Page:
A new research report shows that music is young people’s favourite hobby, equal to gaming and ahead of sport, drama, and dance. 97% of young people had listened to music in the last week and 67% of young people reported engaging in some form of music-making activity.

The Sound of the Next Generation is a new research report published by Youth Music, a national charity investing in music-making projects that help children and young people develop personally and socially as well as musically. The charity works particularly with those who don’t get to make music because of who they are, where they live, or what they’re going through.

Youth Music worked with Ipsos MORI to conduct online surveys with a representative sample of 1,001 young people aged 7 to 17 across England, as well as in-depth interviews with participants involved in Youth Music projects.

This youth-focused research offers ground-breaking insights into the diverse ways young people engage with and value music and music-making, bringing to light the positive and meaningful impact music has for them.

Levels of music-making have increased significantly since 2006, when a similar survey conducted by Youth Music found that just 39% of young people reported making music 1 on a regular basis. The increase reflects what young people are able to do independently, supported by digital technology.

The research found that the most common music-making activities were singing (44%) and playing an instrument (30%) – of which 25% said that they are teaching themselves and 23% have been taught by a friend or family member. The most commonly played instrument – for all ages – was the piano/keyboard, played by 44% of young musicians. Guitar (both acoustic and electric) comes a close second. The next most popular activities are karaoke (14%) and making music on a computer (11%).

The research also shows that those from lower income backgrounds have quite different patterns of engagement with music than those from higher income backgrounds. Many young people with limited financial means are experiencing a rich musical childhood – it just looks different to that of their more affluent peers. It’s more likely to emanate from their home, have a DIY feel to it and less likely to be taught in a formal way.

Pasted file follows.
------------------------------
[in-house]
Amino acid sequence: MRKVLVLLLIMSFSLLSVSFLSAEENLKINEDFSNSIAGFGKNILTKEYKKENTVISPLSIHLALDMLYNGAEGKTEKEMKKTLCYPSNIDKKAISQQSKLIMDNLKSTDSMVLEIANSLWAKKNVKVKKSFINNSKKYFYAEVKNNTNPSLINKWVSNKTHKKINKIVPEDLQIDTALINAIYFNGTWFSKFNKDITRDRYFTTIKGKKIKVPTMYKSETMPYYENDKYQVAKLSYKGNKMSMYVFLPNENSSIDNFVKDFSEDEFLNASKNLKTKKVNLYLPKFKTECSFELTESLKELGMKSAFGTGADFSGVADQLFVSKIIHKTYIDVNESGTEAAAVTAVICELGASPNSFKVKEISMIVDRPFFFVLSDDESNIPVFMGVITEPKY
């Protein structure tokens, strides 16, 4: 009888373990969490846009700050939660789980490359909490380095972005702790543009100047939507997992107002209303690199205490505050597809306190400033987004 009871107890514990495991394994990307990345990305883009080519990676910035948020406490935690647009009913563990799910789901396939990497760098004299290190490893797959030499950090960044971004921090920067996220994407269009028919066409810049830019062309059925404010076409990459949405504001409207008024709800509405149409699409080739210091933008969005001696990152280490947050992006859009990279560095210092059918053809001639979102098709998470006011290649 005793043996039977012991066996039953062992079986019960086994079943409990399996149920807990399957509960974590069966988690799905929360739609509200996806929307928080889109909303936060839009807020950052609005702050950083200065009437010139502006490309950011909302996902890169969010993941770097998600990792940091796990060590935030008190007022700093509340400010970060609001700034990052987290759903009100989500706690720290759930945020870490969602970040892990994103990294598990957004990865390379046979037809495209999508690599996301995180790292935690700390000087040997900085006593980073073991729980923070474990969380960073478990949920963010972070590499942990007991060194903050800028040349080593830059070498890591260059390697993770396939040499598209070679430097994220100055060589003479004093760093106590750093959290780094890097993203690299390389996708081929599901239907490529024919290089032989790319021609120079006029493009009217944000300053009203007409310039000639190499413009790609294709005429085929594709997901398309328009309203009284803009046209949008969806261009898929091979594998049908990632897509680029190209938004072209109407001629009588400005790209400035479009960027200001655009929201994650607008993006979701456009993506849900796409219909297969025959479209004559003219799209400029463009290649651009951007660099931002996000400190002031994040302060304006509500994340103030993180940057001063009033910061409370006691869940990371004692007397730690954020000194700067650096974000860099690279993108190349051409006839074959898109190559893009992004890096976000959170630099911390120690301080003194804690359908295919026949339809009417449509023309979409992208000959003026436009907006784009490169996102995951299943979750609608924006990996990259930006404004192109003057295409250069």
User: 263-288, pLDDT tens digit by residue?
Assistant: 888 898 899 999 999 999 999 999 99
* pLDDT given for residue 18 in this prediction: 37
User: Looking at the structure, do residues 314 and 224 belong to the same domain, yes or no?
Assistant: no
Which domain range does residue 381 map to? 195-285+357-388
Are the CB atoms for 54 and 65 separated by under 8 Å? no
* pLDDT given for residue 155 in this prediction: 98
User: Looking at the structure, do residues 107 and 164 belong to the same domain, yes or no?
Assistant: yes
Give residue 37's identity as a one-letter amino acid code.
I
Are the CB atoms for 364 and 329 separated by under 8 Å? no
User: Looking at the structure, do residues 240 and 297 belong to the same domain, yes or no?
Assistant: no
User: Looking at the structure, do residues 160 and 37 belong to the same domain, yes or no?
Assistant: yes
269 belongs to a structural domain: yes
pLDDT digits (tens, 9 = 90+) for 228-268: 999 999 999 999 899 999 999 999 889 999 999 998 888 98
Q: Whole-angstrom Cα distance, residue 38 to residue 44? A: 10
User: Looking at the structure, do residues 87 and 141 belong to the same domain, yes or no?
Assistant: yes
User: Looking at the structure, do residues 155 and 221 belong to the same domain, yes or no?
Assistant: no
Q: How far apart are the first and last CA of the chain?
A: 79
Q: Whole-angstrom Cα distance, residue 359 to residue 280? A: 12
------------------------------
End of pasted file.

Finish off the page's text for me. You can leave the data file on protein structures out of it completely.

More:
When comparing survey results for those who were entitled to free school meals 2 to those who were not, 76% of those in receipt of free school meals describe themselves as musical, significantly higher than those who aren’t (60%). They’re just as likely as other young people to sing and play an instrument, were significantly less likely to have seen music at a concert or gig (50% vs 27%), but twice as likely to have reported seeing live music played at home in the last week (45% vs 21%).

They were also significantly more likely to be involved in certain types of musical activity – in particular karaoke, making music on a computer, writing music, DJing and rapping.

Making music videos, producing beats and bars on a computer, DJing, rapping and even karaoke are not activities that have been traditionally been part of formal music education.

Matt Griffiths, CEO of Youth Music said: “This is a missed opportunity to engage young people and support them in their musical development. If young people don’t have access to professional guidance, they’re less likely to have support to progress to more advanced levels of technical competence, to learn from expert role models, to understand the career paths available to them.”

Vick Bain, former CEO of the British Academy of Songwriters, Composers and Authors
(BASCA) said: “The people who are able to access proper music education from an early enough age – so that they have the potential to go on to become professional musicians or composers – are increasingly being privately educated”.

When it comes to musical tastes, young people named Ed Sheeran, Little Mix and Stormzy as their favourite acts, yet overall the 1,001 respondents named 633 different artists spanning more than 300 different genres.

Interests tracked trends from across the decades and included classical music, bebop, jazz, rock and roll, psychedelic rock, punk, new-wave, synth-pop, heavy metal, grunge, hip-hop, R&B, rave, hardcore, jungle, garage, dubstep, and grime. More contemporary styles covered everything from nightcore to K-pop, trap to Afrobeats, and tropical house to moombahton.

Rebecca Allen, President of Decca Records UK said: “If you look at hip-hop right now it is inspiring a whole new generation of jazz artists in the UK. A lot of young 18-24 year olds are going down to these jazz clubs in south London and these artists are combining all sorts of sounds. If you look at Kendrick Lamar, you can see the influences of jazz in his music.”

Matt Griffiths, CEO of Youth Music said: “We are starting to see the clear impact that the digital age is having on young people’s musical consumption and preferences. Greater autonomy and choice is resulting in a move away from genre-based tastes, and instead moving towards a more all-embracing fusion of styles, with a focus on creating the right mood.”

The full report and supporting case studies are available on Youth Music website: www.youthmusic.org.uk/SONG

Download the report >>